heart chakra art symbols- unstruck succulent painting by Aimee Schreiber

'Unstruck' is a visual meditation on the elevating power of love and openness, exploring the heart as a bridge between the physical plane and our spiritual aspirations. The setting, colors and symbols each contain clues to the divine mysteries of the heart on a personal and universal level. It is part of a seven piece series that explores various aspects of human existence through the chakras and other mythological symbols.

The dove has long been seen as a symbol of peace, hope, beauty, innocence, and love. They have been used throughout history to carry messages and are considered messengers of the gods, as when Noah sent the dove to find land after the flood. The goddesses of love Ishtar and Aphrodite took the form of a dove along with the holy Spirit of the Christian trinity. Doves also represent feminine attributes of the goddess with its rounded form, monogamous lifestyle, and fertility. Doves were seen as oracles in ancient Greece, and priestesses were often called doves. Doves are also celebrated by Muslims and believed to have a direct link to Allah-- there are special roosting niches in Mecca to this day. For me, doves remind me of home and my parents as there were always a pair of doves nesting outside the back door of my childhood home.

The conch held out like an offering in the center of the succulent is seen as a symbol of purity in many Hindu and Buddhist traditions. When used like a horn, it is said to purify the air, bring good fortune, and dispel negative energy by creating the primal sound of creation. In Buddhism, it is one of 8 auspicious symbols, representing the Buddha's voice. These shells were also used to hold paint in Mayan art and used as money in many coastal cultures. Shells resemble a human ear and are associated with the feminine mysteries of birth and rebirth. I have always loved to listen for the sound of waves when holding a seashell to my ear and their association with the nurturing water element, home, and femininity. Shells remind me of my Grandma who I always felt unconditional love and safety from. The first thing I would do when visiting her home is pull down a basket of shells and look at them.

The four legs of a turtle represent the four directions and four elements, while the underside of its shell is earth and the dome represents the heavens. In the Hindu cosmogram map of the universe, a turtle carries the entire cosmos on its back. There is also a Mongol myth about a golden tortoise that holds a mountain at the center of the universe and many Native American myths say the world tree grows from its back. Turtles and tortoises are symbols of immortality and spiritual awareness. Retiring into its shell symbolizes turning inward in meditation. In China it is one of four sacred creatures associated with the north. In alchemy, the tortoise represents the first stage in transformation from matter to spirit, just as the heart chakra is the balancing link between the physical and spiritual chakras. A turtle carries its home on its back, taking refuge whenever needed, just as we can take refuge in the love at our core. As we realize our true essence is love, we need not fear. In yogic traditions, the fourth chakra, or energy center located at the heart is called anahata, which means unstruck. The cosmic sound Aum is heard here, just as it is heard in the conch shell. The color associated with this chakra is green-grey, like this echeveria succulent that is so resilient and life-holding.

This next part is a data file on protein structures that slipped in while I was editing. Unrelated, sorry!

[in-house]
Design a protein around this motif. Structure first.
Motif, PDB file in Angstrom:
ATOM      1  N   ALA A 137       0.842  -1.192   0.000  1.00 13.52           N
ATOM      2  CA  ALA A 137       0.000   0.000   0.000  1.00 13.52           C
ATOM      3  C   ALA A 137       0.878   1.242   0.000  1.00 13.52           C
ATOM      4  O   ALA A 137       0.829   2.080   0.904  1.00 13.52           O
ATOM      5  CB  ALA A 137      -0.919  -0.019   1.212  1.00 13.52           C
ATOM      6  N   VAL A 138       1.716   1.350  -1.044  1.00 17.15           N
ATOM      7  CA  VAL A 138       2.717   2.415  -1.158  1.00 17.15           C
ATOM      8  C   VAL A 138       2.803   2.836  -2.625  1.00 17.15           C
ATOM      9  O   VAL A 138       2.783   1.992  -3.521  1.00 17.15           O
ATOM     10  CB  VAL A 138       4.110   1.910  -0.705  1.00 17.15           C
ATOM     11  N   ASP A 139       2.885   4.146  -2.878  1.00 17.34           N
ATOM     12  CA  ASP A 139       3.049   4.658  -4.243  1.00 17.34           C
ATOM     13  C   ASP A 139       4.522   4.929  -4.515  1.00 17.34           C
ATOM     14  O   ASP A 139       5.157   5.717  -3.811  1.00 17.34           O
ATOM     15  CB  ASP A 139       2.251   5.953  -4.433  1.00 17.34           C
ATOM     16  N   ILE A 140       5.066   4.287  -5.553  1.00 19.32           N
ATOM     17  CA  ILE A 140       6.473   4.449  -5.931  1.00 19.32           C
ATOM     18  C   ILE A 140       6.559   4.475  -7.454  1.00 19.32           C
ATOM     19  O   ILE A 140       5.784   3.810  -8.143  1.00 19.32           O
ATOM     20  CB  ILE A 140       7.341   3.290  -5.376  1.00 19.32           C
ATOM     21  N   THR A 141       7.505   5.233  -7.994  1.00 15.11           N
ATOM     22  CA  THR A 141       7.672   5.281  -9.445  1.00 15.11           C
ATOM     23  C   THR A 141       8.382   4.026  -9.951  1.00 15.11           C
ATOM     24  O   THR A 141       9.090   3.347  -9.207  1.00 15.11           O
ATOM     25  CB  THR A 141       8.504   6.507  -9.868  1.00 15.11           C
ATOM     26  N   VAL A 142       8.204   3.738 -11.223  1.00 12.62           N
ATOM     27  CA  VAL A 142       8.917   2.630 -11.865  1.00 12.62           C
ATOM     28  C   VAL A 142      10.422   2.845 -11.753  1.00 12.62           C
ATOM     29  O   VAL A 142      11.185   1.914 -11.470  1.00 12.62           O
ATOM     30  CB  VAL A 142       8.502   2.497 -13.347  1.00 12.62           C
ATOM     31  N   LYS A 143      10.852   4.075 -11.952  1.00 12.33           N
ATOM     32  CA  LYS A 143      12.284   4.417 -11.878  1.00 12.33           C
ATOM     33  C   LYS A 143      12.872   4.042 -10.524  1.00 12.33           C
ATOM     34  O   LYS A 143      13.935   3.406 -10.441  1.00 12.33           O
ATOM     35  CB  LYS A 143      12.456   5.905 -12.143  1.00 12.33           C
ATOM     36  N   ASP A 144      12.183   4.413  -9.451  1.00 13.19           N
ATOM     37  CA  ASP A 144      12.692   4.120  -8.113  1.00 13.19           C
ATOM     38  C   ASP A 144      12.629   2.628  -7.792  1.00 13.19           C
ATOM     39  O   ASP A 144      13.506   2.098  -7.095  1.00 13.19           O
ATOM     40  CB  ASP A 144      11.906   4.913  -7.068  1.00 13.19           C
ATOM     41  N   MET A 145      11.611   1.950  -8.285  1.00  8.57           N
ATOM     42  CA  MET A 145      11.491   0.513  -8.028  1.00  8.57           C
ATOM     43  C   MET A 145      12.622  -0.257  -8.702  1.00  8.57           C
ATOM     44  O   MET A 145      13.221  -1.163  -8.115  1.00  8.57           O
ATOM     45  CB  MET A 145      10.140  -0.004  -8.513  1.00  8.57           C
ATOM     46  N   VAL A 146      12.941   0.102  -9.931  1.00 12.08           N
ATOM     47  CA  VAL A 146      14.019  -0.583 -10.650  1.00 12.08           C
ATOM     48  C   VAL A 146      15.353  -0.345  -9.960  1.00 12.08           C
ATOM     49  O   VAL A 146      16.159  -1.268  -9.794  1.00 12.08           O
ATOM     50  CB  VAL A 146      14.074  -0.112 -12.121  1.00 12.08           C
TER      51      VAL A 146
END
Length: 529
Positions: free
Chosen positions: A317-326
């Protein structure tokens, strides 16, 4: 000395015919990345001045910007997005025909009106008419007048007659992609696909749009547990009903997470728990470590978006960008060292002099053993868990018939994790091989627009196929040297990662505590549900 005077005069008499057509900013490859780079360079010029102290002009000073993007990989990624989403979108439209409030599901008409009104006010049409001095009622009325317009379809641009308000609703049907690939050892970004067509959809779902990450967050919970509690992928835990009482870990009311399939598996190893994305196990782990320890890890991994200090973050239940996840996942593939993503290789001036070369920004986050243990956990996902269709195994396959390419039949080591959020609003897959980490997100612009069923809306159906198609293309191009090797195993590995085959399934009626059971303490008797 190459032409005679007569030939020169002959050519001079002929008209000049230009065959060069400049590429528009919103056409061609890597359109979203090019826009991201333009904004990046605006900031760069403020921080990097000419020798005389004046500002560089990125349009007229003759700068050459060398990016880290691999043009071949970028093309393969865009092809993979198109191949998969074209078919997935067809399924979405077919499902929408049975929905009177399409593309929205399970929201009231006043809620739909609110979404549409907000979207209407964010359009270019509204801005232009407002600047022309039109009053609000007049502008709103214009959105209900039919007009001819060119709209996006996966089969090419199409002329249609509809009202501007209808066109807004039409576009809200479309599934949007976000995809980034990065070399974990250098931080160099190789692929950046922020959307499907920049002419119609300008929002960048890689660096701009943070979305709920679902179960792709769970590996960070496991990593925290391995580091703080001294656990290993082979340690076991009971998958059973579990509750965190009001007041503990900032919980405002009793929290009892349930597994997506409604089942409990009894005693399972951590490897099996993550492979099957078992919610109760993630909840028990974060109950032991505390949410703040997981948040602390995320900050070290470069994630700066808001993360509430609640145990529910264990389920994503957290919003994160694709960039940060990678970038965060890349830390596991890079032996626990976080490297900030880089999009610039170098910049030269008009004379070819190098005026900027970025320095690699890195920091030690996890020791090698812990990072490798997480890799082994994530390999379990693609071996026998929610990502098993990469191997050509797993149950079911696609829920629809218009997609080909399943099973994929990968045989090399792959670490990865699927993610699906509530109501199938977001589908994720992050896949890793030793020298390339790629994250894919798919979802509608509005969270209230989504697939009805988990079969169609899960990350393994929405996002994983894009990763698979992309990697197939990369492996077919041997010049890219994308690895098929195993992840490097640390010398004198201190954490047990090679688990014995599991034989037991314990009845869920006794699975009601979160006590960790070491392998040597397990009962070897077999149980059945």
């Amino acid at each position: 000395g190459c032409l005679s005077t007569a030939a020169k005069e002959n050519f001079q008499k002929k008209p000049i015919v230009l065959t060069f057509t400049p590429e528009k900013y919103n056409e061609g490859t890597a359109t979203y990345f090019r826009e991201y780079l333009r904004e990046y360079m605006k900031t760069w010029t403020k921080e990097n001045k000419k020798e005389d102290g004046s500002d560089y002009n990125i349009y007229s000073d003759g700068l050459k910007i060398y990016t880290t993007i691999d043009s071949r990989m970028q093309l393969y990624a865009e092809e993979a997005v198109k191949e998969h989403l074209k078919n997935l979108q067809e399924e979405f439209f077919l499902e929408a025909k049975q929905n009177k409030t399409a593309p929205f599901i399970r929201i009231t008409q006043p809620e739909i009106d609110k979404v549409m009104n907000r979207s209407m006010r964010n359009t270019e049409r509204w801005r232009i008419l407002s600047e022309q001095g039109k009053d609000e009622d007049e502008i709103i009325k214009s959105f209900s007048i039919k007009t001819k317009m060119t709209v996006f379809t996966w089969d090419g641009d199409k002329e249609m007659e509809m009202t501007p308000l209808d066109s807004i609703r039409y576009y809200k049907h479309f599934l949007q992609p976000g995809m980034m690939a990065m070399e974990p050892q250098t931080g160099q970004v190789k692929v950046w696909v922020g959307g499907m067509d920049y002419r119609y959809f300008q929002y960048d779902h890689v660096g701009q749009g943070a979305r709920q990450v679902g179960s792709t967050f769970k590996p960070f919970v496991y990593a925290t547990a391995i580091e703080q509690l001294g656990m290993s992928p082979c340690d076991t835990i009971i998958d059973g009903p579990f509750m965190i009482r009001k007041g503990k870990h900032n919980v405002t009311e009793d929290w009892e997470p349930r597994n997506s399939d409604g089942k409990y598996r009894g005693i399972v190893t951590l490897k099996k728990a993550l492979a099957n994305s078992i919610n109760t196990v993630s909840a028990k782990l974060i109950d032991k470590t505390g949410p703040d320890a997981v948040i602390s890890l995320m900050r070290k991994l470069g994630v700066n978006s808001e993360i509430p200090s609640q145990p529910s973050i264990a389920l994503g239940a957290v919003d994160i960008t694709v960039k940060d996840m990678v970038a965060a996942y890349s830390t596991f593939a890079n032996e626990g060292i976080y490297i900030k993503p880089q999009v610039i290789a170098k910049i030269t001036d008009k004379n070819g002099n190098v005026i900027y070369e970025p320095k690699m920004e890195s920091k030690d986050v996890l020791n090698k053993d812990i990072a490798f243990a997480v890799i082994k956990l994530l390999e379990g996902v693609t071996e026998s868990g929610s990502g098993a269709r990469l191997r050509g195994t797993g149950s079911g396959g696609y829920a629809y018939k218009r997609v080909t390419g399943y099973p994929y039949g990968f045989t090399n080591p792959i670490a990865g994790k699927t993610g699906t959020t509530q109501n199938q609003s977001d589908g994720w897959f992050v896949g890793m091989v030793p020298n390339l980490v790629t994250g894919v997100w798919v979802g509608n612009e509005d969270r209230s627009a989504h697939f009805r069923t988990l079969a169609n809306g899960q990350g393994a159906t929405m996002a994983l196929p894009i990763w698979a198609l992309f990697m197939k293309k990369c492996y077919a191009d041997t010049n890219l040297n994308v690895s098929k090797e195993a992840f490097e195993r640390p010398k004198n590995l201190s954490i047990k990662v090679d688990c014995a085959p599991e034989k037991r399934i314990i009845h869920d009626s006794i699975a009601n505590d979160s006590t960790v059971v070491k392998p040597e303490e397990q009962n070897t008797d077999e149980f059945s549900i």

As masters of metamorphosis, butterflies are significant symbols of transformation and rebirth. These winged creatures have long been viewed as otherworldly messengers and heralds of good fortune and joy. The Greek word for butterfly, psyche, is the same word used for soul, and this association is found across many cultures. The first time I saw a malachite butterfly was in a stairwell in Mexico where my family and I made our home for a time. Its green beauty stunned me into silent observance, and became a personal symbol of love, gratitude, and wonder.

The water of this tropical cascade is a symbol of a receptive, open channel for love to flow. You may notice a disgruntled face to the right of the legs. This face is a reminder that water continues to flow and shift despite heartbreak. Understanding that emotional states are always changing and letting them go and flow freely makes us better able to access the unchanging center of true freedom.

Both the turtle, conch, dove, and butterfly at certain parts of its life cycle retreat inward, reminding us that the unstruck peace at our center is best found in moments of quiet being. These symbols of home are an invitation to discover the home, haven, and kingdom inside that we all carry within ourselves.

A pen
a pear
a pair

close in


a chord
I am